I did not sell anything to them though as their buy list prices weren’t close enough to my asking range. They also had a few foreign Mirrodin Besieged-era boxes that were quick to sell.
I have seen these guys at a few events, but they never seem to have the highest buy prices on cards I am looking to sell. Nor do they have great sell prices on random cards.
Rather than having a row of cases they show up with a shelf of 5k’s. There is something to be said about them having just about any card if you are willing to pay their asking price [Editor’s note: can confirm this was great]. A lot of their prices are firm on many things, however they do have a played or signed case that they usually show up with and a hefty supply of recent foreign product and more accessories than you could imagine. Their buyers were always busy however with someone in front of them. I imagine it was due to their Standard buy prices on Friday being so high, but those quickly came down by Saturday afternoon. They were paying the highest on playmats however, at $10 and selling them at $20.
I had never seen these guys before, like I said. They had a moderately sized table at the back of the room right underneath a Jace banner from the venue. Their own personal banner was larger though. Their prices on some things were quite odd, however they had quite the collection of older cards and had them very accurately priced. No one batted an eye when I very thoroughly inspected some dual lands before purchasing them. Additionally, their playmat game was on point, with very competitively priced popular playmats such as Delver of Secrets from GP Tacoma and a Christopher Rush playmat with some hand drawn Lotus art added to it. They also had some adorable hand-drawn tokens up for sale, as well as a free lifepad with any purchase.
That being said, their lack of any sort of written buylist and strange pricing did drive me away from buying anything else.
I feel there might be some stigma against the big dog in the room, assuming that their buy prices are going to be lower than anyone else’s — and sometimes that is true, though not always and not in this case.
They had one of the largest tables at the back left of the room. With my research done ahead of time and reinforced by their paper buylist at the venue, I was ready to sit down in front of my favorite buyer at the venue and catch up since we had last seen each other at GP Houston. I made sure to start with telling him there is still a standing invite to meat on swords (Brazilian Steakhouse), what has now become a GP tradition. He went through the usual of pulling cards out of my binder and I won’t bore you with the yes-no details. He was always very upfront on why they were buying at what price and what they sold them at and my numbers worked out. I sold off over $500 worth of items to Channel Fireball and sat in the chair for around an hour making small talk. I left a happy customer confident in the decisions I had just made.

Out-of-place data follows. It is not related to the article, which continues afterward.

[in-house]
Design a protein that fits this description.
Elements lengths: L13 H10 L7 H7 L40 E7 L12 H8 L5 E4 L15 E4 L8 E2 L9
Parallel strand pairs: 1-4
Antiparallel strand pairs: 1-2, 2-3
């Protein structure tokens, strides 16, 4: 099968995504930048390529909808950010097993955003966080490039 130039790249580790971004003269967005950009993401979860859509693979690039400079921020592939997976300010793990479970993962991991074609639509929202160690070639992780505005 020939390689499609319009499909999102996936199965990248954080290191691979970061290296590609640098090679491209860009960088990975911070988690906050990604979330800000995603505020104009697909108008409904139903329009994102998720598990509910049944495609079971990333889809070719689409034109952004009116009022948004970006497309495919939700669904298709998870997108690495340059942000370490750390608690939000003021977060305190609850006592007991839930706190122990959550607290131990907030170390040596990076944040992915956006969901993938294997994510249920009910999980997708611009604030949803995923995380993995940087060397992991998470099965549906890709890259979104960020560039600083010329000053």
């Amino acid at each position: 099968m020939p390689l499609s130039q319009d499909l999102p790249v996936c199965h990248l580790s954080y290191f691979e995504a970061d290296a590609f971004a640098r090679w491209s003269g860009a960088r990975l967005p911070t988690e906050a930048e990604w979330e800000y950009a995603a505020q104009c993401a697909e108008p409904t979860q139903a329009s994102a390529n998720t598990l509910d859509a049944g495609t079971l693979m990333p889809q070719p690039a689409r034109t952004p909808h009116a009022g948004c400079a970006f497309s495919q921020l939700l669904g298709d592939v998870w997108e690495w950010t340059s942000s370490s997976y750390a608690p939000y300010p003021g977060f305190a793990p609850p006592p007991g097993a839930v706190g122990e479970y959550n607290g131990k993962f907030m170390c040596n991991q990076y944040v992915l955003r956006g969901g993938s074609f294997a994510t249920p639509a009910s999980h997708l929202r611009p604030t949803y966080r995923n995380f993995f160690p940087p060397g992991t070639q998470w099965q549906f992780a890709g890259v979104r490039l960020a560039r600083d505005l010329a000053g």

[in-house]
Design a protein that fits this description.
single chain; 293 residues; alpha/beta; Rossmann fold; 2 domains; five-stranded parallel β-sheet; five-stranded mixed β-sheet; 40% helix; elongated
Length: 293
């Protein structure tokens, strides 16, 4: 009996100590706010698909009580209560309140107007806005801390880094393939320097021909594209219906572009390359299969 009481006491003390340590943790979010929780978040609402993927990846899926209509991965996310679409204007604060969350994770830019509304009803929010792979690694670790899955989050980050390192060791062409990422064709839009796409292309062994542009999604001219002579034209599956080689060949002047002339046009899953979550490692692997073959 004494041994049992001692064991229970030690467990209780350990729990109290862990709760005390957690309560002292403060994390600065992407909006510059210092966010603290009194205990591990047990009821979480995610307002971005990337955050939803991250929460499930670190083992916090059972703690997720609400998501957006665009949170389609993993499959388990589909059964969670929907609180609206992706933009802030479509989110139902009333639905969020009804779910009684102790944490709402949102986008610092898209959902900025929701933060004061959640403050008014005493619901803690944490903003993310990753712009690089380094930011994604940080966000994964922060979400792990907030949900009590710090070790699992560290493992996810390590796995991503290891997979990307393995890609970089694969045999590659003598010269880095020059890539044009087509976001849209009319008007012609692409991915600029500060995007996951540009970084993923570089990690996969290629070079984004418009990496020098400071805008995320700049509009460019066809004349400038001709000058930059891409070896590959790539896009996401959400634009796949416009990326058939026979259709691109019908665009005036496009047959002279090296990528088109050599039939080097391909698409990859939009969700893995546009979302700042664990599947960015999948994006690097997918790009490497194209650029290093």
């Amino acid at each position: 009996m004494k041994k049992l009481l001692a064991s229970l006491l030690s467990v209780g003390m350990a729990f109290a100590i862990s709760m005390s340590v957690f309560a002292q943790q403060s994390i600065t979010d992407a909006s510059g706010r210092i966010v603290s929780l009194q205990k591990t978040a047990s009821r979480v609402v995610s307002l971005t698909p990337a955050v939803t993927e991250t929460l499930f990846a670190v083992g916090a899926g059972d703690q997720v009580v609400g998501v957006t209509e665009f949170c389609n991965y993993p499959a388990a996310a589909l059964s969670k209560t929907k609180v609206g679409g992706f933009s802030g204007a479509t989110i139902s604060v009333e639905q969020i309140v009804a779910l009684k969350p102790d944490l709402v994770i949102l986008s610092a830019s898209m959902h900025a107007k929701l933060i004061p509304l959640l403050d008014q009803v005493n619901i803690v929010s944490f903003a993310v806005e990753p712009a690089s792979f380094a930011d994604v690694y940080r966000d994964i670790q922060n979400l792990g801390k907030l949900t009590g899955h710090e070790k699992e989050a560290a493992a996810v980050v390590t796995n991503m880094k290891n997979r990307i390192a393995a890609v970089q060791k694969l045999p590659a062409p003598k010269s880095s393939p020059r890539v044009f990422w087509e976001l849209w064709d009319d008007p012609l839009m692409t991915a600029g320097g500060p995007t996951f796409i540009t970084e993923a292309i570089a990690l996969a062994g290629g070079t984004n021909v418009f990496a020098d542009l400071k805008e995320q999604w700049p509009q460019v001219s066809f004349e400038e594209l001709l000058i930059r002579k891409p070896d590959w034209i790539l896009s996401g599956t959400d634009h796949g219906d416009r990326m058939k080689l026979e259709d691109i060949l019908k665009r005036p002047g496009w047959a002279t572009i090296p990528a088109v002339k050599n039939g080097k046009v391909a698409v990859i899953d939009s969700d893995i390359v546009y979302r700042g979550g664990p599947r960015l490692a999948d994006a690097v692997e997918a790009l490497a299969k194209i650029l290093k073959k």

On their retail side, things were a bit odd but expected. All Standard cards were still at presale prices and they were shying away from paying too high on buylist for most things in Standard.
The prices on Legacy staples were priced to sell however, with duals at close to prespike prices: Tundras were $180 when they were $230 at Houston, the same spread for the rest of the duals and it was a bit off-putting. I didn’t spend much money here except for taking home two boxes of CFB Ultra Pro sleeves. For some reason they are a hit amongst my playgroup and I got a good enough deal on them from the manager of the booth.
Tales of Adventure
With a table that could rival CFB but slightly less organized, Tales of Adventure showed up at yet another GP. You seem to see these guys everywhere “Buying Pokemon to Power” as they like to say.
This time they were buying a humble amount of cards at very reasonable prices, but also had a paper buylist ready to go Friday morning. I sat down to sell a few cards I had replaced with foils and had a pleasant experience. I was helped right away, as it looked as if they had been very light on people selling to them — their prices may not have been competitive enough for the room they were in.